Man behind deadly voyages faces 7 years

Alexandra Sheehy and Karlis Salna
February 13, 2013

AN Afghan man involved in organising an asylum-seeker boat that sank on the way to Christmas Island knew the vessel was overloaded but still insisted it set off on its deadly voyage, prosecutors say.

At least 90 people perished when the rickety vessel went down in the Sunda Strait on June 21 last year while on the way to Christmas Island. Another 110 were rescued.

Prosecutors have demanded a seven-year jail term for Dawood Amiri, who has admitted to helping organise the people-smuggling venture which netted about $1 million from the 200 asylum seekers who paid as much as $6000 to be on the doomed boat.

But Amiri claimed he was only a small part in the operation, adding that he didn't share in the super profits being made by those in charge of the syndicate.

"If I made a lot of money, I wouldn't be here," he told AAP on Wednesday from his cell at the East Jakarta District Court.

"This is the place where money works. If you have it, you will never be behind bars."

"I deserve to be in here but not for seven years."

He said he was still haunted by thoughts of those who perished.

"They were my family members and my friends."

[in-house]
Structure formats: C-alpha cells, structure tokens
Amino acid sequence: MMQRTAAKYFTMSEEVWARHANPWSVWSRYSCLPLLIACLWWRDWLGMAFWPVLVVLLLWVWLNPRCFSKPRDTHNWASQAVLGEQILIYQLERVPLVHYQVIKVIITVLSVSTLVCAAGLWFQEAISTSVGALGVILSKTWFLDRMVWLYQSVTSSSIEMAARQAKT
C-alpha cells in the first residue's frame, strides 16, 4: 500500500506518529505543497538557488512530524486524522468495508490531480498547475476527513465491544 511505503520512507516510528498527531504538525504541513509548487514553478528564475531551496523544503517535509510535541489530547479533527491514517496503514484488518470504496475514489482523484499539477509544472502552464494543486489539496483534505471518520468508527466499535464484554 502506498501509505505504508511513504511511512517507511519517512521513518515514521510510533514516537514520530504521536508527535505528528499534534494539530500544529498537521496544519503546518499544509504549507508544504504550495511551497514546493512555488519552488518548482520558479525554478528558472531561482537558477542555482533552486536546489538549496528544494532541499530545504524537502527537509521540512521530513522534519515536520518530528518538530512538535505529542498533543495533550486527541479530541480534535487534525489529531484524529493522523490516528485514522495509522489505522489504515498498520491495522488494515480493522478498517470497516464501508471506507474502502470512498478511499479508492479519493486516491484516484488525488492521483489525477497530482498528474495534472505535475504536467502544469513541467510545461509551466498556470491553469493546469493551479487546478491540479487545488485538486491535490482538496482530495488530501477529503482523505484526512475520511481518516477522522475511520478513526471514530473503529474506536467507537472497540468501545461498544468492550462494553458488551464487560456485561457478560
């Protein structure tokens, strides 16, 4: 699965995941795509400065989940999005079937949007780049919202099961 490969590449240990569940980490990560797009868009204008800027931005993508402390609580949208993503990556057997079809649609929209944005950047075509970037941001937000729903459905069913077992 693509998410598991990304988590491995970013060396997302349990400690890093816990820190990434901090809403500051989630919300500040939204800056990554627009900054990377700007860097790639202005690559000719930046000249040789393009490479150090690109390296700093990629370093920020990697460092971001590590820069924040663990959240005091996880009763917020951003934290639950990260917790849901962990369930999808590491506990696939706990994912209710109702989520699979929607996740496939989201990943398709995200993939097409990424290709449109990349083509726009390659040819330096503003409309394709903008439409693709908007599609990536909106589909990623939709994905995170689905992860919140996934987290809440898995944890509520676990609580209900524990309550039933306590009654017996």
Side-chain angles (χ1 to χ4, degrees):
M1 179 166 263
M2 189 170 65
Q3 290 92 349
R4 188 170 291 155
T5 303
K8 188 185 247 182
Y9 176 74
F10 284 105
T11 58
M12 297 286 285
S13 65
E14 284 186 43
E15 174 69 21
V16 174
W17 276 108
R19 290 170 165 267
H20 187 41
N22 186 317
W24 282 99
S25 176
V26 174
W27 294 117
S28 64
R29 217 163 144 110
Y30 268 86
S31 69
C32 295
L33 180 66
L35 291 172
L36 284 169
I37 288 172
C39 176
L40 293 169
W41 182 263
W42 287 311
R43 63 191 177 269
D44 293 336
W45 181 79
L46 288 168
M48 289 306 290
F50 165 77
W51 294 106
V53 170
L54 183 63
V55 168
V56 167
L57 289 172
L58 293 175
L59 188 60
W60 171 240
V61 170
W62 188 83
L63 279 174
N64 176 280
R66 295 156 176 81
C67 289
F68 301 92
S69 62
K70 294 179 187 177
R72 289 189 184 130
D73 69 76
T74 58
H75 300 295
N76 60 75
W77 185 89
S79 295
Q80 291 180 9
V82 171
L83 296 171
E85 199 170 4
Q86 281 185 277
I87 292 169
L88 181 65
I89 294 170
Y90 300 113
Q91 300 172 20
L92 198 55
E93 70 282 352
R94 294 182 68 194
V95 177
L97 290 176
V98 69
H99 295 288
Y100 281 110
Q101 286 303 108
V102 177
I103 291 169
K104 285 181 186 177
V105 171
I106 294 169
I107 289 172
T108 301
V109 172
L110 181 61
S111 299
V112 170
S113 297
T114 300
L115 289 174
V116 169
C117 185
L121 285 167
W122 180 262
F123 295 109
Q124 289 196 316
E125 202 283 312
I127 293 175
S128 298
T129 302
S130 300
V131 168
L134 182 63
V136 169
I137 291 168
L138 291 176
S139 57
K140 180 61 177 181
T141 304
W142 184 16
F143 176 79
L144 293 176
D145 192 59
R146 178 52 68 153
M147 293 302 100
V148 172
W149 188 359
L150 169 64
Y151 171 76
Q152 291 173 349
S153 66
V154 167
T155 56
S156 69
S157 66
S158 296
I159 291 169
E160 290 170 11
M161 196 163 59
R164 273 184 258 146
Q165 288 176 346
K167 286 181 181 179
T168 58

However, prosecutors maintain that Amiri knew that the boat that left Java on June 21 was overloaded and unfit for the perilous crossing to Christmas Island.

"The defendant knew that the ship had exceeded its normal capacity," according to prosecutor, Fatkhuri, who has just one name.

"But the defendant still forced the boat to leave for Australia."

Amiri was also allegedly responsible for collecting payments from asylum seekers by either taking cash or providing details of accounts to which money was to be transferred.

He is accused of arranging for the transport of passengers to beaches around Java, from where they would be ferried in smaller boats to larger vessels for the trip to Christmas Island.

The ethnic Hazara, who was initially thought to be 19 when he was arrested last year but has since said he is actually 25, has also admitted to sending several other boats to Australia, including one that sank a week after the June 21 disaster.

Four people died and 130 were rescued when that boat sank.

Amiri is expected to be sentenced on February 20.


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